Germany: Proposal for a "dowry" of 20.000 euros from the state to all young people
According to the proposal it will be granted at the age of 18 years
So far we have heard thoughts in various countries about the measure of the minimum guaranteed income for each of their citizens and some have already been experimented with. In Germany, however, thoughts are being expressed about a more advanced step, always with the aim of reducing inequality.
One of the most important economic research institutes in the country, DIW, proposes to the German state to grant to every citizen without exception 20.000 euros at the beginning of his life and specifically upon his coming of age, at the age of 18, to offer him the opportunity to either to study, or to start his own business, or to obtain some vocational training, or even to pay a part of the price for the purchase of an asset. Certainly not to waste them.
The idea is in the same vein as the minimum guaranteed income, a measure that aims to minimize poverty by providing a basic income to all, without any conditions and without even verifying the property status of the beneficiaries.
However, as a relevant report of the German newspaper Deutsche Welle points out, "minimal property" or Grunderbe, as the German term is, is an idea with a history of centuries. However, it stems from the wide gap of inequality in the country and the fact that the poorest 50% of the German population inherits nothing or almost nothing from their family, as the DIW points out. "If we really want to create prosperity for all in the near future, then we must reduce the great inequality through the redistribution of wealth, offering a minimal fortune to those who do not have their own and who are half our population," he wrote. DIW economist and tax expert Stephen Bach suggested.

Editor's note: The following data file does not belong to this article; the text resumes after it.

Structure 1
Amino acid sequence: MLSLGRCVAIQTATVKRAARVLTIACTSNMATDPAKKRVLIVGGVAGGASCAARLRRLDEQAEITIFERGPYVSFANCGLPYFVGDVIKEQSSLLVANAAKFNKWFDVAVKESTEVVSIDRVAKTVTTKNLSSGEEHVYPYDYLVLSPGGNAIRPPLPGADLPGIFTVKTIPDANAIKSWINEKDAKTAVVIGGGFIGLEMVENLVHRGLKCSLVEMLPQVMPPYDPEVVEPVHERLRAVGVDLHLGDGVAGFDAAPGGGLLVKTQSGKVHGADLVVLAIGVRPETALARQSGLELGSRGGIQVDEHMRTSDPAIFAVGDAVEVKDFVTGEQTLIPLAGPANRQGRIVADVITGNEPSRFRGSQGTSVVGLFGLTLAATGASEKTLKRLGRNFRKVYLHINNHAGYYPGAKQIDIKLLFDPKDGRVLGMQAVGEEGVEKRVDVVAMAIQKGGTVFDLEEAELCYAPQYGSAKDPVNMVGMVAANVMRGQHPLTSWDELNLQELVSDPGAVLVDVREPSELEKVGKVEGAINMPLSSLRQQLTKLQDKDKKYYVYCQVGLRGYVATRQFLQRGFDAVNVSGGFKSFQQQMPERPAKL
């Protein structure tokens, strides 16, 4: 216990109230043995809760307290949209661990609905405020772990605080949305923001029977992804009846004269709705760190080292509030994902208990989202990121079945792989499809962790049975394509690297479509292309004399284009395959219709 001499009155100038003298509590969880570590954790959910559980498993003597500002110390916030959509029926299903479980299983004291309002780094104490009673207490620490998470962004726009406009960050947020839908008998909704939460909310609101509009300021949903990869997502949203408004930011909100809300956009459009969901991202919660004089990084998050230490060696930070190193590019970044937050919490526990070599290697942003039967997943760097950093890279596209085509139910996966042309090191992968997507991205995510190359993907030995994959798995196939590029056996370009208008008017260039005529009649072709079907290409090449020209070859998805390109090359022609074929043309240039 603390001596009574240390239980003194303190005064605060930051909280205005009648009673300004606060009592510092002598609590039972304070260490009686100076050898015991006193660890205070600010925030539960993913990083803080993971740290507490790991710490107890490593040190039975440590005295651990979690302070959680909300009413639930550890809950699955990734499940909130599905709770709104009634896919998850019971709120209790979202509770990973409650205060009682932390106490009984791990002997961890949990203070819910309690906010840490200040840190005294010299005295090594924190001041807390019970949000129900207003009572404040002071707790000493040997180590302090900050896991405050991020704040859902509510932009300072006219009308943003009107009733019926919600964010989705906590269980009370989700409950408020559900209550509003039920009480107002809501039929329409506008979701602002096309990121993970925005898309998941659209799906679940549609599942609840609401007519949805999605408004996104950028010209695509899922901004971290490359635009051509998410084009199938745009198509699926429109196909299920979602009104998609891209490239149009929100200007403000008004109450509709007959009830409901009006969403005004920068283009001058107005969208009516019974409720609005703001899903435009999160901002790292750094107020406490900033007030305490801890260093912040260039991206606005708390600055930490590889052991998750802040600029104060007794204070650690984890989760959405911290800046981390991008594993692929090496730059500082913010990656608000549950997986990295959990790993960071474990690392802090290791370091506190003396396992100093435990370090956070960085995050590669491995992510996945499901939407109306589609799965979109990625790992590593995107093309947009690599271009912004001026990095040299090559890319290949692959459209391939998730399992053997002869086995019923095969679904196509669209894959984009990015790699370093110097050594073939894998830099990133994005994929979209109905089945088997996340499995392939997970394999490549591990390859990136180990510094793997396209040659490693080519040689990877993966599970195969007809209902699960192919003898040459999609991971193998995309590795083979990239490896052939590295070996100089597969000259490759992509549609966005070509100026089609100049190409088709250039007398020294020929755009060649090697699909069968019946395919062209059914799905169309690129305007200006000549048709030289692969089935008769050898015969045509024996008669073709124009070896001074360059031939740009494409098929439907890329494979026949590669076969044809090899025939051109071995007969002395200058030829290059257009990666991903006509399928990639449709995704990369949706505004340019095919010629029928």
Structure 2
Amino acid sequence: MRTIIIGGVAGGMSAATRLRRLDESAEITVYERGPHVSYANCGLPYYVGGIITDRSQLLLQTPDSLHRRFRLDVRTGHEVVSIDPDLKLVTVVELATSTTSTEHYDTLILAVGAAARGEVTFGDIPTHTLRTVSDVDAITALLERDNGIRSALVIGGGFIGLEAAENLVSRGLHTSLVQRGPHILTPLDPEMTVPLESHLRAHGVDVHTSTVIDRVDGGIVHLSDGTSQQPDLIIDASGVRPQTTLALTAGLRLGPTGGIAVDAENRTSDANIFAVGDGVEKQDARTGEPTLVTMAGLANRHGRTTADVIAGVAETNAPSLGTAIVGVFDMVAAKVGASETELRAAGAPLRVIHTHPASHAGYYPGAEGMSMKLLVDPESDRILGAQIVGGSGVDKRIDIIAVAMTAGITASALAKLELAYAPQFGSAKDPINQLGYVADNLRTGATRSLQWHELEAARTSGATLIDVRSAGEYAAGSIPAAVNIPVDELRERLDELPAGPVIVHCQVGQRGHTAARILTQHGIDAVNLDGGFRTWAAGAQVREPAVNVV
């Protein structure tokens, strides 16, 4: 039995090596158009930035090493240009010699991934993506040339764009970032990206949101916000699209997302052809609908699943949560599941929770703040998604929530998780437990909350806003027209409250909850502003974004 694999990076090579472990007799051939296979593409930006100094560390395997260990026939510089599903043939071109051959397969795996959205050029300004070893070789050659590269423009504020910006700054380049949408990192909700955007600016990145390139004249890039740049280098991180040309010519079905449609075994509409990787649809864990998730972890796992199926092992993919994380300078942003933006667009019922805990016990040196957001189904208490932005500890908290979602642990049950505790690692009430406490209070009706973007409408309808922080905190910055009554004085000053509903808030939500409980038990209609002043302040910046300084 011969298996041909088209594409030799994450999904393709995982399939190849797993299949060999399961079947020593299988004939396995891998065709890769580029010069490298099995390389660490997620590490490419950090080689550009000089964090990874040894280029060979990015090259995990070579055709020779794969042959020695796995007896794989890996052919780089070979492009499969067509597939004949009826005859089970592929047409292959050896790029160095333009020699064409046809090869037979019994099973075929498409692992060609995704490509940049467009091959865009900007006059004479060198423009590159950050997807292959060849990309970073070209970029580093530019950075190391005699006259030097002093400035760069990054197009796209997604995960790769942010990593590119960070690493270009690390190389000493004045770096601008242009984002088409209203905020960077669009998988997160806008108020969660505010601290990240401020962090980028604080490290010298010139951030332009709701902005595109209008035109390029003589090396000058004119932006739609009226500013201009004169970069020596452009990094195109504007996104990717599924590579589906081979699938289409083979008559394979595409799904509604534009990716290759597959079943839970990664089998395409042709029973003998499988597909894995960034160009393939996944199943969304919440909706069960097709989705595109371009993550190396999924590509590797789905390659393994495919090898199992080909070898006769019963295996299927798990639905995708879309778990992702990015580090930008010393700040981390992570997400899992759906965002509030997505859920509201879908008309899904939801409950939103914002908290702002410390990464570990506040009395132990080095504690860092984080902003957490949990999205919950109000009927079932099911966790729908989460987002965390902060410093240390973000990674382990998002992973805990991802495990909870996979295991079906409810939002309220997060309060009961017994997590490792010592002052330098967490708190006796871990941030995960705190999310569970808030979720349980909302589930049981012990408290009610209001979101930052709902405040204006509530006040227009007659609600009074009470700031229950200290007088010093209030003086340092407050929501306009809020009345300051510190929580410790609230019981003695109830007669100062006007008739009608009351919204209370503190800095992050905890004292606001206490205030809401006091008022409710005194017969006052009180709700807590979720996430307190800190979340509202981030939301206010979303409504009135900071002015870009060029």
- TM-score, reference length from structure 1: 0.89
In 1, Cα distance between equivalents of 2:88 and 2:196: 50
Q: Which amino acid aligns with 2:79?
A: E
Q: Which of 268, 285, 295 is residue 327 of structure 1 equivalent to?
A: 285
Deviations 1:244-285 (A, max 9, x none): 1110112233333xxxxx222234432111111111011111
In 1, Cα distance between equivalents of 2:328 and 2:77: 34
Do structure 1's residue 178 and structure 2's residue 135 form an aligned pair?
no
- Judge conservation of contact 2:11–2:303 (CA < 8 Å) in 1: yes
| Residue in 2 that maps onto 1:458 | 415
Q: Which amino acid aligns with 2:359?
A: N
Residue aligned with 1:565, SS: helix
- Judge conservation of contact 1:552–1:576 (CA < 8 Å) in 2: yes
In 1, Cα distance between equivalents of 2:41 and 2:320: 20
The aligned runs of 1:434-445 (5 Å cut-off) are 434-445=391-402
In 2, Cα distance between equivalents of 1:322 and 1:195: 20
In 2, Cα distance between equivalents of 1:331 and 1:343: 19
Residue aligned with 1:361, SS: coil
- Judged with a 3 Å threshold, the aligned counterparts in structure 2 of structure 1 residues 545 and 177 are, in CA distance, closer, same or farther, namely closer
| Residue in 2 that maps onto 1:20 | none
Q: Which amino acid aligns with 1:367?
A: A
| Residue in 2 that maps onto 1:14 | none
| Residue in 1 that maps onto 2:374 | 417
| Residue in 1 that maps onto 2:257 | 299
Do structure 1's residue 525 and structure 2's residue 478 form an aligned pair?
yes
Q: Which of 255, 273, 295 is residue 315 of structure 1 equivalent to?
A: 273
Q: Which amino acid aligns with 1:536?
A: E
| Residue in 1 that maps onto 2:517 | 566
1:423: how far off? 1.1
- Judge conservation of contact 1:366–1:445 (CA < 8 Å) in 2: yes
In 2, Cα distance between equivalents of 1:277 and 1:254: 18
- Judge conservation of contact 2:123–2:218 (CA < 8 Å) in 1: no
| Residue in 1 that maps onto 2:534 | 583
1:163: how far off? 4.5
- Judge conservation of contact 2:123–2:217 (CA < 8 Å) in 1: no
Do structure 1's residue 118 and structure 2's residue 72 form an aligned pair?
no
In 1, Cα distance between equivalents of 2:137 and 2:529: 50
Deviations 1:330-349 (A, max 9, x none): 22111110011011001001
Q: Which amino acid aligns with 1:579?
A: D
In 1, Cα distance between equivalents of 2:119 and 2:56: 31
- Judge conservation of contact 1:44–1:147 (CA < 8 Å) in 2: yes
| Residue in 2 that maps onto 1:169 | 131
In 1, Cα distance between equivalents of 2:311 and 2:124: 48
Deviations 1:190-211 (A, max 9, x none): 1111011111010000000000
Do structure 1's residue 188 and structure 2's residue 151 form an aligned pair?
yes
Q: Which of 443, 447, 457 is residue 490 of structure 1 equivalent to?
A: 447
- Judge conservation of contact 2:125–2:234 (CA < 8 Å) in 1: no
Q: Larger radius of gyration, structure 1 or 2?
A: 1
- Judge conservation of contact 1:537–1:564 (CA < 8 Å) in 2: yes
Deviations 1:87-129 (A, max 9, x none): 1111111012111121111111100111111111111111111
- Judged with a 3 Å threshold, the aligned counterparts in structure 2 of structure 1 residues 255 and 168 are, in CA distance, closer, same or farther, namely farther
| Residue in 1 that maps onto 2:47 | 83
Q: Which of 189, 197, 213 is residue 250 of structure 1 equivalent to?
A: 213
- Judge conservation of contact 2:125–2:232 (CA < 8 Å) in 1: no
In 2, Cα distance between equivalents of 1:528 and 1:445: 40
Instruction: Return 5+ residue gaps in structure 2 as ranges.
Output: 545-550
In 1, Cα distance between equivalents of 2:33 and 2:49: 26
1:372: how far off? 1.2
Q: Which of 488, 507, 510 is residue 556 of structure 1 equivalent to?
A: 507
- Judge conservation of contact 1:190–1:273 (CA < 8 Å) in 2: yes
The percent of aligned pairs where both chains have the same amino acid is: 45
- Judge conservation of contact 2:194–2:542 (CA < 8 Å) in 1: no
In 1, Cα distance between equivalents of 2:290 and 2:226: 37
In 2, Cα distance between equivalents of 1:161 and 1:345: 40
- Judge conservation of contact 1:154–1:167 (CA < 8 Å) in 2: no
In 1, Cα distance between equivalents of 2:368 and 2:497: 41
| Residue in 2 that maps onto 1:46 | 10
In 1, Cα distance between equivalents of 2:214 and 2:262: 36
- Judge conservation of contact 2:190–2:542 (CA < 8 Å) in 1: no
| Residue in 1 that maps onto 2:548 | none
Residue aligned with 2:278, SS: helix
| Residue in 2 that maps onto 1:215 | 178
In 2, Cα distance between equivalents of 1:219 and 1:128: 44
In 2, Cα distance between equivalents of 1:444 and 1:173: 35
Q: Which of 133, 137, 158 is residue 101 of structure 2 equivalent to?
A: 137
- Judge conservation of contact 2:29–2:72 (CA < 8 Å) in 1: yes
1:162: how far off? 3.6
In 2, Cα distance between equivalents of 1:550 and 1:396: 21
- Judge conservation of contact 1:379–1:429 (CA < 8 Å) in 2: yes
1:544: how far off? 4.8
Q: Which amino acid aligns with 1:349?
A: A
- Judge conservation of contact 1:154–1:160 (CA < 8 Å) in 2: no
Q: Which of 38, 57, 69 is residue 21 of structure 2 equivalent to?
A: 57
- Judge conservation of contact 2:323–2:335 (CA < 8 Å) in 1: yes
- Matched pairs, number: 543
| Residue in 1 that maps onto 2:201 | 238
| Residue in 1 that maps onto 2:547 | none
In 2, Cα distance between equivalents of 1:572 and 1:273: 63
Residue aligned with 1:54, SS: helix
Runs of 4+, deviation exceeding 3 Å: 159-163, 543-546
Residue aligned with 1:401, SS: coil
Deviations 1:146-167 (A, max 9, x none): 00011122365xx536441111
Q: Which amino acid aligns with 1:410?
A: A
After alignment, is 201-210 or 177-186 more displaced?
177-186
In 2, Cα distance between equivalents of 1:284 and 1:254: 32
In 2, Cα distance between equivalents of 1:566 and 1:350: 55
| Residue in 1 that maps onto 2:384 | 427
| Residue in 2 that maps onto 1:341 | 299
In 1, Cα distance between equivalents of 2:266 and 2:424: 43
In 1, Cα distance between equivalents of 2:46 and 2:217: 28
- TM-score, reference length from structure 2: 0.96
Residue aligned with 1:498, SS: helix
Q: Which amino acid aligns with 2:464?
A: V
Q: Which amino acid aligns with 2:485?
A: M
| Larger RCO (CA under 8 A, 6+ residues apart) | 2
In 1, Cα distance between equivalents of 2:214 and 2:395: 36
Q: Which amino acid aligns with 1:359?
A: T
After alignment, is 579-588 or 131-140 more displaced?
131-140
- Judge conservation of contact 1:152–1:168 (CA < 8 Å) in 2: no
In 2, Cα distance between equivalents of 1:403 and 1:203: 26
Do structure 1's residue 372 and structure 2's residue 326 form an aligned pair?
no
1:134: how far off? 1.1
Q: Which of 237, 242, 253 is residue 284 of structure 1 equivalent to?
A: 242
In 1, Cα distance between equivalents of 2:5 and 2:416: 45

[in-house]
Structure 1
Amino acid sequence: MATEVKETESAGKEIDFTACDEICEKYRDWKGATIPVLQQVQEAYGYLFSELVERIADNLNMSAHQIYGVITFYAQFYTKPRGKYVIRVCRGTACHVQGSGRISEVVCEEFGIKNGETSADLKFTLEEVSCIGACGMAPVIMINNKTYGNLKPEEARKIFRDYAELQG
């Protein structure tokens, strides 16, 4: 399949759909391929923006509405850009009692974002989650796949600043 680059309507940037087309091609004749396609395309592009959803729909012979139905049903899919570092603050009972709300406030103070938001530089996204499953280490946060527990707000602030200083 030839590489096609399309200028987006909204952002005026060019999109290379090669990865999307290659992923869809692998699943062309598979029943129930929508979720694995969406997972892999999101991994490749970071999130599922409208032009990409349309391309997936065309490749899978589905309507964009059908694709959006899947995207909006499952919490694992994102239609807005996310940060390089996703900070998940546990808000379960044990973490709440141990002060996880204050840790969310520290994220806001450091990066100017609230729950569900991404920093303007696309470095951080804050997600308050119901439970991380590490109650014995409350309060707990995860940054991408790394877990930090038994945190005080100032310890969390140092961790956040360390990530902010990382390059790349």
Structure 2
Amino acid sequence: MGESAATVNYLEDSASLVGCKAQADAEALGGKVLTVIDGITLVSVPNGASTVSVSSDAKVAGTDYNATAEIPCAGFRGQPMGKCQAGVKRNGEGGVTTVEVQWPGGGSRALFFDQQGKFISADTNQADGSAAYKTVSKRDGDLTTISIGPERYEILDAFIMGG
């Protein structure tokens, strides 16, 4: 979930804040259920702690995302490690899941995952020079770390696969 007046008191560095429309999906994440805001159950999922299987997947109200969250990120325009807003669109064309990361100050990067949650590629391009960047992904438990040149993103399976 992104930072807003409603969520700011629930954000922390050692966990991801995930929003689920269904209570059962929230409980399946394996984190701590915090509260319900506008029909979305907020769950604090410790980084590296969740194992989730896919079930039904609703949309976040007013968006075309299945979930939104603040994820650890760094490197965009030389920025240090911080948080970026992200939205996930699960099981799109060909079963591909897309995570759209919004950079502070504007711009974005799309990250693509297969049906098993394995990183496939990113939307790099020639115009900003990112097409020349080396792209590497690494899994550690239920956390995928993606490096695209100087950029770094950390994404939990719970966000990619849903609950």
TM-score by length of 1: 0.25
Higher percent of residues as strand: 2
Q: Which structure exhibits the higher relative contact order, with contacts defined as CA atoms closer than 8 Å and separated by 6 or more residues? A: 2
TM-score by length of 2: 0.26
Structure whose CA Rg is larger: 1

The amount will be used for studies, vocational training, starting a business or purchasing an asset.
Mr Bach estimates the measure will cost the German state 22,6 billion euros a year, as about 750.000 people grow up in Germany each year. The daring economist does not fail to mention the resources from which this rather expensive measure can be financed. He proposes to increase inheritance taxes but also to introduce a tax on great wealth through the reform of the real estate tax.
As this economics institute points out, compared to other countries with similar incomes, in Germany inequality is higher and wealth is much more concentrated in the hands of a few. The richest 10% of the population controls 2/3 of the total private wealth, the value of which is estimated at about 12 trillion. euros, while the richest 0,1%, ie the richest in the largest European economy, control more than 1/5 of the wealth. Opposite is the poorer half of the population who have no or almost no assets and control only 1/3 of the total private wealth.
According to a study by Forum New Economy, these are families whose members bequeath nothing or almost nothing to their descendants. Defending his groundbreaking idea, Stefan Bach argues that if the minimum wealth measure is implemented, it will increase the wealth of the poorest half of the German population by 57% to 94%. He also challenged the new chancellor, Socialist Olaf Soltz, stressing that "if the new governing coalition really wants to tackle inequality, it must take steps to increase the wealth of the middle class by supporting self-government, to ensure that pensions and provide the Germans with some assets. "
The agreement, which led to the formation of a governing coalition of the Social Democrats, the Greens and the New Liberals of the FDP party, provides for some measures for the creation of property and housing, for private supplementary pensions and for income tax deductions. In Britain, after all, the "Wealth for All" campaign group is urging the government to provide "a decent amount" to those who reach the age of 25 "regardless of their wealth, how lucky or unlucky they are and of how generous their parents are or are not ".